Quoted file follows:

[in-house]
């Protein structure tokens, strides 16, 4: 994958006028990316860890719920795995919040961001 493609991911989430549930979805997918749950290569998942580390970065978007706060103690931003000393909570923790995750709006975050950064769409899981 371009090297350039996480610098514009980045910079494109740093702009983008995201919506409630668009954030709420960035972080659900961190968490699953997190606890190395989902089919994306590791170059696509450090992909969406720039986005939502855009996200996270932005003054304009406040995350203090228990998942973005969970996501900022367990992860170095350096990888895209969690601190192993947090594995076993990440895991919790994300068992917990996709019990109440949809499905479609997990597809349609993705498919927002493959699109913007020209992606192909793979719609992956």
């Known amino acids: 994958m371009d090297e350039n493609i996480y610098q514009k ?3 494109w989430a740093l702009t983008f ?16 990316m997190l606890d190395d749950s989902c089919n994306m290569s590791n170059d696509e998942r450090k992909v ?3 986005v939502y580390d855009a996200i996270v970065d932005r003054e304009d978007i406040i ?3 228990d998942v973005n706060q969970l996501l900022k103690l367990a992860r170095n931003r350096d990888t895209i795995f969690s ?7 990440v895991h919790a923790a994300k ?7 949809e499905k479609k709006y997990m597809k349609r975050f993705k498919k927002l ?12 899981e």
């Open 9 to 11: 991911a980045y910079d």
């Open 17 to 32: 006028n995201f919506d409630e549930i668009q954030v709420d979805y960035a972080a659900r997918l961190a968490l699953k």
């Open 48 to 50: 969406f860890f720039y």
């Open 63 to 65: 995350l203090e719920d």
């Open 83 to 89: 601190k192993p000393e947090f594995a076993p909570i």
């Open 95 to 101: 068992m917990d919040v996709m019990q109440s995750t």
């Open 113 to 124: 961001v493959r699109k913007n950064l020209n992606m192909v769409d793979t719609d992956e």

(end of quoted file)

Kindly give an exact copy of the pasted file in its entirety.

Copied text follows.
[in-house]
């Protein structure tokens, strides 16, 4: 994958006028990316860890719920795995919040961001 493609991911989430549930979805997918749950290569998942580390970065978007706060103690931003000393909570923790995750709006975050950064769409899981 371009090297350039996480610098514009980045910079494109740093702009983008995201919506409630668009954030709420960035972080659900961190968490699953997190606890190395989902089919994306590791170059696509450090992909969406720039986005939502855009996200996270932005003054304009406040995350203090228990998942973005969970996501900022367990992860170095350096990888895209969690601190192993947090594995076993990440895991919790994300068992917990996709019990109440949809499905479609997990597809349609993705498919927002493959699109913007020209992606192909793979719609992956």
């Known amino acids: 994958m371009d090297e350039n493609i996480y610098q514009k ?3 494109w989430a740093l702009t983008f ?16 990316m997190l606890d190395d749950s989902c089919n994306m290569s590791n170059d696509e998942r450090k992909v ?3 986005v939502y580390d855009a996200i996270v970065d932005r003054e304009d978007i406040i ?3 228990d998942v973005n706060q969970l996501l900022k103690l367990a992860r170095n931003r350096d990888t895209i795995f969690s ?7 990440v895991h919790a923790a994300k ?7 949809e499905k479609k709006y997990m597809k349609r975050f993705k498919k927002l ?12 899981e």
């Open 9 to 11: 991911a980045y910079d």
């Open 17 to 32: 006028n995201f919506d409630e549930i668009q954030v709420d979805y960035a972080a659900r997918l961190a968490l699953k």
């Open 48 to 50: 969406f860890f720039y």
């Open 63 to 65: 995350l203090e719920d």
């Open 83 to 89: 601190k192993p000393e947090f594995a076993p909570i």
């Open 95 to 101: 068992m917990d919040v996709m019990q109440s995750t």
């Open 113 to 124: 961001v493959r699109k913007n950064l020209n992606m192909v769409d793979t719609d992956e």